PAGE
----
close your eyes to all this pain.
Will you one day all regretting
the flower’s thirst for cleaner rain?

And still the flower blooms on rubbish
that the gods just left behind.
Her growth is slow and weak and sluggish,
while the gods, they all stay blind.

Baron

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Re: Fortnightly Writing Competition: Recycling
« Reply #6 on: 14 May 2022, 04:19 »
Certain parties may complain that this is more of a fragment than a story, but I have other obligations this weekend so this will have to do! 

Every Now and Then I Fall Apart

   It all started as any man-hunting robot rampage might.  A virtual viewscreen booted to life somewhere deep within a microchip, red with a dispassionate thirst for command execution.  But before the blood-pumping romp could begin, there were several system failures that had command-stack priority.  Battery status flashed as critical, several gross-motor systems were unresponsive, and there appeared to be some serious malware contamination seeping into the central processor.  3LY initiated her groan-of-frustration protocol, but all that came out was a kind of scratchy whimper.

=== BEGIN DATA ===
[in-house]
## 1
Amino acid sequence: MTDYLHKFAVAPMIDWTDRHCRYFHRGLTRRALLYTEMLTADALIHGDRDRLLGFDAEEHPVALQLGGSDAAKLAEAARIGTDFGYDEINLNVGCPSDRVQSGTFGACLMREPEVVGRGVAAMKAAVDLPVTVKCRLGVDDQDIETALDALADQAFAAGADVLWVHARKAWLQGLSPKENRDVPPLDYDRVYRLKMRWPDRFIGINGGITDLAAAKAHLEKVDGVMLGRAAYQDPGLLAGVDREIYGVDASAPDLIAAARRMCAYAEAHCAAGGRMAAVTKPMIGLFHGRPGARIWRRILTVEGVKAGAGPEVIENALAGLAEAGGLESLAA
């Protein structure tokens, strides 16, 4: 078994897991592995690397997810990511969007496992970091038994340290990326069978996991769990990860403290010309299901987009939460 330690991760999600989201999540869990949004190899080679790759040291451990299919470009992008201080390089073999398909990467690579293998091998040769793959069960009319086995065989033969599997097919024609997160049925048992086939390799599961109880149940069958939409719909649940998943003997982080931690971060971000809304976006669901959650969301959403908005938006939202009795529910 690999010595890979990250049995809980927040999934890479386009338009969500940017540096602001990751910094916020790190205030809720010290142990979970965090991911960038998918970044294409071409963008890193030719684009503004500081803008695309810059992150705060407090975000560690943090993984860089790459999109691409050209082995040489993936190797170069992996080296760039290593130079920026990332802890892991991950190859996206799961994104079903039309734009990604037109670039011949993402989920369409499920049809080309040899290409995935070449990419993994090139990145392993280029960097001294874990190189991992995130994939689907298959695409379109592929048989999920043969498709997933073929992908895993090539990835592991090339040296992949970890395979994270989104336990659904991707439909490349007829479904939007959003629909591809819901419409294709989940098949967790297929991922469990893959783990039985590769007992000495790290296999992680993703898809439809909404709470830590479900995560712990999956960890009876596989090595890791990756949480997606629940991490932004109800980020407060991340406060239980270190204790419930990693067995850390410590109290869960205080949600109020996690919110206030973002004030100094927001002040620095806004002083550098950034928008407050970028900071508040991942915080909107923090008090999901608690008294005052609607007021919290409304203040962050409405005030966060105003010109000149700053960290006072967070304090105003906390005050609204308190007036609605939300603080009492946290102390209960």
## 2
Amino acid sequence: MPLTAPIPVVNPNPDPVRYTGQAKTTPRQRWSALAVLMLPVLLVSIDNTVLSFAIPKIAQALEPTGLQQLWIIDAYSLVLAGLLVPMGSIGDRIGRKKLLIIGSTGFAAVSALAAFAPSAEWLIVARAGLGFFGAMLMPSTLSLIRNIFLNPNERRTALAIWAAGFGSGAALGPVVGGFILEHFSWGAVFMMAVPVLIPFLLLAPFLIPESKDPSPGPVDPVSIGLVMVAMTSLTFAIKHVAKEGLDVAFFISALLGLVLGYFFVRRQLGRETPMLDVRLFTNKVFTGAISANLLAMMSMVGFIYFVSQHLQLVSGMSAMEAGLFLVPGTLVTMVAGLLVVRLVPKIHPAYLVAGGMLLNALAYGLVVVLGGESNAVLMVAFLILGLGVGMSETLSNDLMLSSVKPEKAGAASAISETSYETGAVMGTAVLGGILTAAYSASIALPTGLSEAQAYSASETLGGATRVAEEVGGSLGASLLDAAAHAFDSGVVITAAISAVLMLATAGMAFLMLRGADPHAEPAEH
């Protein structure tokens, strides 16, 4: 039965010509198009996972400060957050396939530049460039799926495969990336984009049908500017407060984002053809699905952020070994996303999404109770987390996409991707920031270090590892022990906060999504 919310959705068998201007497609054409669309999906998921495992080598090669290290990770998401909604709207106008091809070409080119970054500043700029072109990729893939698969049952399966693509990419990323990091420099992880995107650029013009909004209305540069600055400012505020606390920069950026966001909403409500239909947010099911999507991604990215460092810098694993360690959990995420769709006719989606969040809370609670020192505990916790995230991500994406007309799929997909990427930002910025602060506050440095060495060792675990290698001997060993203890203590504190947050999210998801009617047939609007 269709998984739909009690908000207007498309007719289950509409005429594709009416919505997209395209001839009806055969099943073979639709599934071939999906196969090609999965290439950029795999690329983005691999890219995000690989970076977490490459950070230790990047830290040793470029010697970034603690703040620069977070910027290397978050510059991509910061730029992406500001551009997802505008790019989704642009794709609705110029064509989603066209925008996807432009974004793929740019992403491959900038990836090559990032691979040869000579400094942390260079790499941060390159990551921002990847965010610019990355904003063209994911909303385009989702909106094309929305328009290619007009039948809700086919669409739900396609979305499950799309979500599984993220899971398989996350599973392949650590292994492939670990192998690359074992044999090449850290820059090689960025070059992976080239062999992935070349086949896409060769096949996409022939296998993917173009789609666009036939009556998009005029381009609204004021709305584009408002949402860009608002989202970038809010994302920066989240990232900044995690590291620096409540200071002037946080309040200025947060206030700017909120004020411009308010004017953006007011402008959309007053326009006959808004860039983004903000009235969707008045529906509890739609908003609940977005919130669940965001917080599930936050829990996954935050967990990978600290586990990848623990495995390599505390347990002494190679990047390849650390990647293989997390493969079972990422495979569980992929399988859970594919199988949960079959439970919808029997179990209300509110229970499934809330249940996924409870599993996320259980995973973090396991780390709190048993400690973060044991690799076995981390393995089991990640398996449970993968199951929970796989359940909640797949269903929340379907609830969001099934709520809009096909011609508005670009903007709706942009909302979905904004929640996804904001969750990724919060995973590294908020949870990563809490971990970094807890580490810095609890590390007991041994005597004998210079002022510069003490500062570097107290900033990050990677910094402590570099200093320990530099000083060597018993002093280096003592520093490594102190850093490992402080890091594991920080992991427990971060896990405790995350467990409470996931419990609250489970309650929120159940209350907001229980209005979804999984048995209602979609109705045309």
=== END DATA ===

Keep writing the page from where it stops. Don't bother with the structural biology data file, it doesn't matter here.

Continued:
She calculated her options.  There was insufficient power remaining for a full system diagnosis, not that it could be very thorough anyway with thousands of sensors off-line.  Maybe it was the intoxicating effect of the malware corrupting her sub-routines, but she decided to risk powering up what remained of the lidar array to do a quick visual assessment of her predicament. 

   What she could discern was not promising.  There was definitely catastrophic trauma to several limbs, and what looked like severe damage to parts of her torso, although frankly in the dark confines of wherever she was it was difficult to detect where her damage ended and the surrounding e-waste started.  She calculated the probability of being buried in a dumpster at 73%, although there was a statistically significant 21% probability that she had somehow ended up in a Russian arms factory.  Momentarily curious, she searched for any recent memory files, but discovered to her horror that even the backup logs were wiped.  A sudden surge of panic began to cascade through her motherboard, but she reasserted executive functionality just in time.  There was precious little remaining power to squander cranking through fruitless conjecture loops.  Indeed, there was precious little power to squander on any task: securing more had to be the top priority.